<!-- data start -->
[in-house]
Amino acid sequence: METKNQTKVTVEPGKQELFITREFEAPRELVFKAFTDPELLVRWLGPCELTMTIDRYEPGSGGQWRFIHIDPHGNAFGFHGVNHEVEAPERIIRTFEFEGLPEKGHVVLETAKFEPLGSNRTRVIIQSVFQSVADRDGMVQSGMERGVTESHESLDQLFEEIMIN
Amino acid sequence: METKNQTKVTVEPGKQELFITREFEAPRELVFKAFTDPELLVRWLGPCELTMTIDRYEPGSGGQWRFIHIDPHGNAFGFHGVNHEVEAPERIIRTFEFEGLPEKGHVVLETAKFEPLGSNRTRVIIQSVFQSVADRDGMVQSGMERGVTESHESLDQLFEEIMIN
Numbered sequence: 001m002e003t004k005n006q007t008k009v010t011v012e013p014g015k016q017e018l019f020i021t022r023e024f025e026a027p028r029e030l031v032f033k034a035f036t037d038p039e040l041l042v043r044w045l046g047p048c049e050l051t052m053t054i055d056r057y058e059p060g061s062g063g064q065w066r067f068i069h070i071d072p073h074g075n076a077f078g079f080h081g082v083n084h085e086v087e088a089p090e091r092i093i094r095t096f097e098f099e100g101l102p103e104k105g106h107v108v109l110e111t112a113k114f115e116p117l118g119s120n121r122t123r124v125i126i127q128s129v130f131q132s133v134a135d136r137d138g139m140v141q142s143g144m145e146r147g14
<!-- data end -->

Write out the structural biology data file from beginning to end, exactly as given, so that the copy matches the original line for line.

[in-house]
Amino acid sequence: METKNQTKVTVEPGKQELFITREFEAPRELVFKAFTDPELLVRWLGPCELTMTIDRYEPGSGGQWRFIHIDPHGNAFGFHGVNHEVEAPERIIRTFEFEGLPEKGHVVLETAKFEPLGSNRTRVIIQSVFQSVADRDGMVQSGMERGVTESHESLDQLFEEIMIN
Amino acid sequence: METKNQTKVTVEPGKQELFITREFEAPRELVFKAFTDPELLVRWLGPCELTMTIDRYEPGSGGQWRFIHIDPHGNAFGFHGVNHEVEAPERIIRTFEFEGLPEKGHVVLETAKFEPLGSNRTRVIIQSVFQSVADRDGMVQSGMERGVTESHESLDQLFEEIMIN
Numbered sequence: 001m002e003t004k005n006q007t008k009v010t011v012e013p014g015k016q017e018l019f020i021t022r023e024f025e026a027p028r029e030l031v032f033k034a035f036t037d038p039e040l041l042v043r044w045l046g047p048c049e050l051t052m053t054i055d056r057y058e059p060g061s062g063g064q065w066r067f068i069h070i071d072p073h074g075n076a077f078g079f080h081g082v083n084h085e086v087e088a089p090e091r092i093i094r095t096f097e098f099e100g101l102p103e104k105g106h107v108v109l110e111t112a113k114f115e116p117l118g119s120n121r122t123r124v125i126i127q128s129v130f131q132s133v134a135d136r137d138g139m140v141q142s143g144m145e146r147g14